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January 27, 2010 at 2:46 PMComments: 0 Faves: 0

How Is Chronic Fatigue Syndrome Diagnosed?

By Smarty More Blogs by This Author

Chronic Fatigue Syndrome is very difficult to diagnose because its symptoms are shared by many other conditions. Only recently has Chronic Fatigue Syndrome been gaining attention as an actual illness; in the past it has been stereotyped as a side effect of another ailment or written off as the claim of a hypochondriac. New research has shown that CFS is a serious problem that doctors must be addressed immediately. The first step a doctor must take to diagnose CFS is to evaluate the symptoms and rule out any other possibilities.

Diagnosing CFS

The Centers for Disease Control has published the following guidelines for diagnosing CFS: in addition to extreme fatigue that lasts at least six months and reduces patient's daily activities by at least 50%, patients must exhibit at least four of the following symptoms:

  • Cognitive problems or short term memory loss
  • Muscle or joint pain without inflammation or swelling
  • Headaches
  • Waking up in the morning still feeling very tired
  • Extreme fatigue lasting 24 hours after exercise
  • Sore throat

These symptoms must also be persistent for at least six months and should not have arrived before the fatigue. The patient does not have a previous history of fatigue. In addition, the following symptoms may also be reported:

  • Brain fogginess
  • Exhaustion after minimal exercise
  • Inadequate sleep
  • Aches
  • Thirstiness
  • Repeated infections
  • Bowel irregularities

The CDC maintains that these are only guidelines and should not be thought to be complete and final in diagnosing CFS. Many people who do not fit these criteria may still respond to treatment. It is also important to treat the many symptoms of CFS simultaneously as they tend to exacerbate each other.

More Symptoms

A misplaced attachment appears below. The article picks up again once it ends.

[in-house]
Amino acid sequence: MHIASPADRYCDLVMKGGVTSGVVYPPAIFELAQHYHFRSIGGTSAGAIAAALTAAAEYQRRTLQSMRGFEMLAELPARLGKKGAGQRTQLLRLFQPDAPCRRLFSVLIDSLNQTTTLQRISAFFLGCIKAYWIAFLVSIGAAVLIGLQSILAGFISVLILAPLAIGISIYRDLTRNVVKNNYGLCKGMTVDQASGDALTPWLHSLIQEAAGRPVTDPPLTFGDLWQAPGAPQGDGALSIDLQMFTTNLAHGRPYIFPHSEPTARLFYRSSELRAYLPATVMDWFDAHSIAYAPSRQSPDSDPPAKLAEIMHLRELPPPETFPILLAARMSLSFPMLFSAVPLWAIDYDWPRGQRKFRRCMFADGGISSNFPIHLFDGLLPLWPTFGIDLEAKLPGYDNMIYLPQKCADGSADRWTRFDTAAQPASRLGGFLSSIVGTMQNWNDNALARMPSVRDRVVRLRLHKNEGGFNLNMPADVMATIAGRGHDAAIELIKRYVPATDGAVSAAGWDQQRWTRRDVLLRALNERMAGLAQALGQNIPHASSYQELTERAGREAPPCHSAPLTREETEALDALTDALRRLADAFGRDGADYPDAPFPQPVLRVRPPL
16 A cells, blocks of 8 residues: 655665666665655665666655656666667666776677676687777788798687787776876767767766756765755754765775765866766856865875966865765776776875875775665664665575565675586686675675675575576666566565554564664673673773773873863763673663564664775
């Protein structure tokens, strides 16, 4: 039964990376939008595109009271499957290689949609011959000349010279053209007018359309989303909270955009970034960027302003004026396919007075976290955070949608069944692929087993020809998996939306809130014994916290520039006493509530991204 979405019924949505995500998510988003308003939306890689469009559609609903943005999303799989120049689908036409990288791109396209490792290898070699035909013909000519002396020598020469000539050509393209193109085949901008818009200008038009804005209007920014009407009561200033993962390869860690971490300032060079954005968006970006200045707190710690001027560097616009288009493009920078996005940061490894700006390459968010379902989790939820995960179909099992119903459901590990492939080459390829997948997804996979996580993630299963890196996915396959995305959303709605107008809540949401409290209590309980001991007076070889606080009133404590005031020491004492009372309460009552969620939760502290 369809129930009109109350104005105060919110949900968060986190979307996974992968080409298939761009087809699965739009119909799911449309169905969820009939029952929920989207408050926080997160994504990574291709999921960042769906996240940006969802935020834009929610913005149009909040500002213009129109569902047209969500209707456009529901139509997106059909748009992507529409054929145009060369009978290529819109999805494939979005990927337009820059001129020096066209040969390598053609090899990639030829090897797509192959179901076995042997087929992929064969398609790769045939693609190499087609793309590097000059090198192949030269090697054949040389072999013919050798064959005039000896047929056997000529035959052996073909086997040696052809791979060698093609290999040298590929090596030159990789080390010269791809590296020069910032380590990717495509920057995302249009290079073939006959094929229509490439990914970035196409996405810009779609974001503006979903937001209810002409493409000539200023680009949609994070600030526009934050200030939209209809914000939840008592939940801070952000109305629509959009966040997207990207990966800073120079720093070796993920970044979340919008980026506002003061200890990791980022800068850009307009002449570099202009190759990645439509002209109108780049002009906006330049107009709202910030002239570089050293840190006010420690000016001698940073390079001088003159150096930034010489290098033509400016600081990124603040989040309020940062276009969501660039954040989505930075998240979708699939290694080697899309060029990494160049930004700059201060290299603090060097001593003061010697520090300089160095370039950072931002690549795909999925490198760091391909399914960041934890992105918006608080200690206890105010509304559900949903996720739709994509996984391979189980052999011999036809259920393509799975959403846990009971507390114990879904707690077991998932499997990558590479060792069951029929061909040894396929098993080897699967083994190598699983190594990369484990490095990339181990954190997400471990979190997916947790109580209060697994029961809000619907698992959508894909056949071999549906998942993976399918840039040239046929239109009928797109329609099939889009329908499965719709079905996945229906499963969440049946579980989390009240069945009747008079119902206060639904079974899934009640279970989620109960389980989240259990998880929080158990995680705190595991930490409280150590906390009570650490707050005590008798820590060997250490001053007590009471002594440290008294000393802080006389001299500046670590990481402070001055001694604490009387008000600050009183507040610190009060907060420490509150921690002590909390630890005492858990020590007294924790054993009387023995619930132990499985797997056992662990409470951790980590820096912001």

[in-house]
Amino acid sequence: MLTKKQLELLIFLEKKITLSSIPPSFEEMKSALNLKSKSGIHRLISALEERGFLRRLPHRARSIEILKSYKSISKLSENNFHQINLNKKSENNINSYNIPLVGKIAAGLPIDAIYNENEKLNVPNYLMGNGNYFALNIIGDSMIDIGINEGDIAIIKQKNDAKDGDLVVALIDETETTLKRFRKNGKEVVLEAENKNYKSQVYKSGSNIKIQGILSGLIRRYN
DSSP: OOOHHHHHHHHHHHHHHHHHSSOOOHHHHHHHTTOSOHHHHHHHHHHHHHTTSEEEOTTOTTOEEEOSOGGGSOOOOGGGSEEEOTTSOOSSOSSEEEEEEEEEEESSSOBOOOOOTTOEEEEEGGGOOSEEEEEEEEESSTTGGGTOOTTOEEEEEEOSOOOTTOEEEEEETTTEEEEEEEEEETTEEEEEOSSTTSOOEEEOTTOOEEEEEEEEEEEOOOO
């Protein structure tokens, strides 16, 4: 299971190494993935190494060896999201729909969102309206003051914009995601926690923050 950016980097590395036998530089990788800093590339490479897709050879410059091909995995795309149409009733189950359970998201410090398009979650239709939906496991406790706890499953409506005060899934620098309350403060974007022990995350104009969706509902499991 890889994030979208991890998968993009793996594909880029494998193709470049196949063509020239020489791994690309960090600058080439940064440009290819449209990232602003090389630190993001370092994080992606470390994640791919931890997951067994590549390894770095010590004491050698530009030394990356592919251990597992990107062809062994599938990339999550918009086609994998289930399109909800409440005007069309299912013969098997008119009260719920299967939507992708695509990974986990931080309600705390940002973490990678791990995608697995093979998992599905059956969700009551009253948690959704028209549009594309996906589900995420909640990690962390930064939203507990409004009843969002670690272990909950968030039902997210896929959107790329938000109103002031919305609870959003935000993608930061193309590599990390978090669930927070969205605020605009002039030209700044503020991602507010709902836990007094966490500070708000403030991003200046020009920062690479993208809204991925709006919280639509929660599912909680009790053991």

A doctor may find the following upon an office visit:

  • orthostatic hypotension- low blood pressure, especially when standing
  • oral temperatures less than 97 degrees
  • high oral temperatures less than 100 degrees indicative of flu-like symptoms
  • tachycardia- fast heart rate
  • instability when standing with eyes closed

Lab Tests

To diagnose Chronic Fatigue Syndrome in a patient, a doctor will typically perform these traditional lab tests:

  • Complete blood count
  • Chem 20 panel
  • Erythrocyte sedimentation rate (ESR)
  • Urinalysis

In addition, the doctor may complete the following tests as well: Antinuclear antibodies (ANA) and rheumatoid factor (RF) to rule out systemic lupus and rheumatoid arthritis

  • Thyroid tests
  • Adrenal tests
  • Lyme titers and HIV serology

Specific Tests that May Lead to a CFS Diagnosis

While they do not confirm a Chronic Fatigue Diagnosis, the following tests may be useful for your doctor to perform:

  • Testing for viral infections i.e. Epstein-Barr Virus
  • Immune system tests
  • Exercise testing for cortisol levels, cerebral blood flow, glucose levels, and breathing patterns

Source: http://www.immunesupport.com/library/cfsdiagnosis.cfm/id/2817

Photo Credit: tom@hk

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